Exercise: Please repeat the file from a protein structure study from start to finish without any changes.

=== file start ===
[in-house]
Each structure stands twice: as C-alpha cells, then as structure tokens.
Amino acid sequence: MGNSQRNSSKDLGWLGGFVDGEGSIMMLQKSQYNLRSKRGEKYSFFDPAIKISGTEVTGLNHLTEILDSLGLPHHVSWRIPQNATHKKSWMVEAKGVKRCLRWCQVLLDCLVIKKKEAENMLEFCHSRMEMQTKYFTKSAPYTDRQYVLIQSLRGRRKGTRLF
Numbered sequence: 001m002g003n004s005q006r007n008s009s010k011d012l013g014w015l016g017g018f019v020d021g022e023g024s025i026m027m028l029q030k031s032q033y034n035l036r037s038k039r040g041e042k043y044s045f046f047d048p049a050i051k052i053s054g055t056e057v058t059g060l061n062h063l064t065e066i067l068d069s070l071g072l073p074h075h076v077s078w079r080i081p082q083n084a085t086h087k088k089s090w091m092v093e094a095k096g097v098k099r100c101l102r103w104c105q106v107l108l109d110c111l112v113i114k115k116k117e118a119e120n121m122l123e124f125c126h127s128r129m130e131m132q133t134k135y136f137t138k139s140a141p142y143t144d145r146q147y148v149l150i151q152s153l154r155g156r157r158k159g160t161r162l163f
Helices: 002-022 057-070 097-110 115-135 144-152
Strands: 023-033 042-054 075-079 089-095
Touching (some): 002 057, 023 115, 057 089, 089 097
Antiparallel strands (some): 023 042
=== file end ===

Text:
[in-house]
Each structure stands twice: as C-alpha cells, then as structure tokens.
Amino acid sequence: MGNSQRNSSKDLGWLGGFVDGEGSIMMLQKSQYNLRSKRGEKYSFFDPAIKISGTEVTGLNHLTEILDSLGLPHHVSWRIPQNATHKKSWMVEAKGVKRCLRWCQVLLDCLVIKKKEAENMLEFCHSRMEMQTKYFTKSAPYTDRQYVLIQSLRGRRKGTRLF
Numbered sequence: 001m002g003n004s005q006r007n008s009s010k011d012l013g014w015l016g017g018f019v020d021g022e023g024s025i026m027m028l029q030k031s032q033y034n035l036r037s038k039r040g041e042k043y044s045f046f047d048p049a050i051k052i053s054g055t056e057v058t059g060l061n062h063l064t065e066i067l068d069s070l071g072l073p074h075h076v077s078w079r080i081p082q083n084a085t086h087k088k089s090w091m092v093e094a095k096g097v098k099r100c101l102r103w104c105q106v107l108l109d110c111l112v113i114k115k116k117e118a119e120n121m122l123e124f125c126h127s128r129m130e131m132q133t134k135y136f137t138k139s140a141p142y143t144d145r146q147y148v149l150i151q152s153l154r155g156r157r158k159g160t161r162l163f
Helices: 002-022 057-070 097-110 115-135 144-152
Strands: 023-033 042-054 075-079 089-095
Touching (some): 002 057, 023 115, 057 089, 089 097
Antiparallel strands (some): 023 042